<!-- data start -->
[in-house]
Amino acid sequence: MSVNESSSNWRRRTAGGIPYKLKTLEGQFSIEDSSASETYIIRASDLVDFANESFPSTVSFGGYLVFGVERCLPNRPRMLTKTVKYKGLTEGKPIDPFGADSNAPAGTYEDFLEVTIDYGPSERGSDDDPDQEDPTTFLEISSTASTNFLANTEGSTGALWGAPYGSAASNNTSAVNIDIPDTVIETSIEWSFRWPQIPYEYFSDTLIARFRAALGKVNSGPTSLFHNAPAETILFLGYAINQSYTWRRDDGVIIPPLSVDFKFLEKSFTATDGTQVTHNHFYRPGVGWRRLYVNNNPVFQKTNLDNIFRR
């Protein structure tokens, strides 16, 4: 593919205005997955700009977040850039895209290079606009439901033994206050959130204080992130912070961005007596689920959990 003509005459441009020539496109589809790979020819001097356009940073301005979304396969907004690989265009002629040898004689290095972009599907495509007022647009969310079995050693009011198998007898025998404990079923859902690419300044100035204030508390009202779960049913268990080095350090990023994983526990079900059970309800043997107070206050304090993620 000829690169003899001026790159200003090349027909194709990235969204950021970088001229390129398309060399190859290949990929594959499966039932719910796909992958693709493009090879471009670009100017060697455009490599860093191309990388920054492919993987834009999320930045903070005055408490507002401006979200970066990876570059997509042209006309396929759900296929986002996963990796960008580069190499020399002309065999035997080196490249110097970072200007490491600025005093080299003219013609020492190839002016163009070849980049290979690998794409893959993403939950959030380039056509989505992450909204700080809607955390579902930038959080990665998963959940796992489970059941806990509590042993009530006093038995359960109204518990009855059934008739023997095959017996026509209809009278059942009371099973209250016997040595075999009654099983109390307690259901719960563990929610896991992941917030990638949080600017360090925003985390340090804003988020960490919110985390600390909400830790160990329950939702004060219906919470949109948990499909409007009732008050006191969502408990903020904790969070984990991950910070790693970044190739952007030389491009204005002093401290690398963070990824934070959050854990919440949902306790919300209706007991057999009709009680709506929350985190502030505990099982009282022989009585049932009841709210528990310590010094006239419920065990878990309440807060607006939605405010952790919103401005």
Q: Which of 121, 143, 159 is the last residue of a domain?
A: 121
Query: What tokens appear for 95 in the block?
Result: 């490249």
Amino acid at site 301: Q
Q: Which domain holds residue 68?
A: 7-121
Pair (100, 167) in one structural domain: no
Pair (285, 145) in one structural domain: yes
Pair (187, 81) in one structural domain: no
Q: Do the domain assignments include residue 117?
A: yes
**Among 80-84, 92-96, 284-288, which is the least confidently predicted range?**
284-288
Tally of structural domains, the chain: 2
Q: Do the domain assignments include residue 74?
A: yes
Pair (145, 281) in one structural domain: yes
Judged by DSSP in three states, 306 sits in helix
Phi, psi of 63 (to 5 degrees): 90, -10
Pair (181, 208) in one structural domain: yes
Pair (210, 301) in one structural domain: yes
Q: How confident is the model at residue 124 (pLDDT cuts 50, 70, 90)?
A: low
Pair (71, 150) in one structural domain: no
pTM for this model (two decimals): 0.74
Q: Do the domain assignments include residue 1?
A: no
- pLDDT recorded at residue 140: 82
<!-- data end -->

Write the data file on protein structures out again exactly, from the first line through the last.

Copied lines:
[in-house]
Amino acid sequence: MSVNESSSNWRRRTAGGIPYKLKTLEGQFSIEDSSASETYIIRASDLVDFANESFPSTVSFGGYLVFGVERCLPNRPRMLTKTVKYKGLTEGKPIDPFGADSNAPAGTYEDFLEVTIDYGPSERGSDDDPDQEDPTTFLEISSTASTNFLANTEGSTGALWGAPYGSAASNNTSAVNIDIPDTVIETSIEWSFRWPQIPYEYFSDTLIARFRAALGKVNSGPTSLFHNAPAETILFLGYAINQSYTWRRDDGVIIPPLSVDFKFLEKSFTATDGTQVTHNHFYRPGVGWRRLYVNNNPVFQKTNLDNIFRR
């Protein structure tokens, strides 16, 4: 593919205005997955700009977040850039895209290079606009439901033994206050959130204080992130912070961005007596689920959990 003509005459441009020539496109589809790979020819001097356009940073301005979304396969907004690989265009002629040898004689290095972009599907495509007022647009969310079995050693009011198998007898025998404990079923859902690419300044100035204030508390009202779960049913268990080095350090990023994983526990079900059970309800043997107070206050304090993620 000829690169003899001026790159200003090349027909194709990235969204950021970088001229390129398309060399190859290949990929594959499966039932719910796909992958693709493009090879471009670009100017060697455009490599860093191309990388920054492919993987834009999320930045903070005055408490507002401006979200970066990876570059997509042209006309396929759900296929986002996963990796960008580069190499020399002309065999035997080196490249110097970072200007490491600025005093080299003219013609020492190839002016163009070849980049290979690998794409893959993403939950959030380039056509989505992450909204700080809607955390579902930038959080990665998963959940796992489970059941806990509590042993009530006093038995359960109204518990009855059934008739023997095959017996026509209809009278059942009371099973209250016997040595075999009654099983109390307690259901719960563990929610896991992941917030990638949080600017360090925003985390340090804003988020960490919110985390600390909400830790160990329950939702004060219906919470949109948990499909409007009732008050006191969502408990903020904790969070984990991950910070790693970044190739952007030389491009204005002093401290690398963070990824934070959050854990919440949902306790919300209706007991057999009709009680709506929350985190502030505990099982009282022989009585049932009841709210528990310590010094006239419920065990878990309440807060607006939605405010952790919103401005």
Q: Which of 121, 143, 159 is the last residue of a domain?
A: 121
Query: What tokens appear for 95 in the block?
Result: 């490249």
Amino acid at site 301: Q
Q: Which domain holds residue 68?
A: 7-121
Pair (100, 167) in one structural domain: no
Pair (285, 145) in one structural domain: yes
Pair (187, 81) in one structural domain: no
Q: Do the domain assignments include residue 117?
A: yes
**Among 80-84, 92-96, 284-288, which is the least confidently predicted range?**
284-288
Tally of structural domains, the chain: 2
Q: Do the domain assignments include residue 74?
A: yes
Pair (145, 281) in one structural domain: yes
Judged by DSSP in three states, 306 sits in helix
Phi, psi of 63 (to 5 degrees): 90, -10
Pair (181, 208) in one structural domain: yes
Pair (210, 301) in one structural domain: yes
Q: How confident is the model at residue 124 (pLDDT cuts 50, 70, 90)?
A: low
Pair (71, 150) in one structural domain: no
pTM for this model (two decimals): 0.74
Q: Do the domain assignments include residue 1?
A: no
- pLDDT recorded at residue 140: 82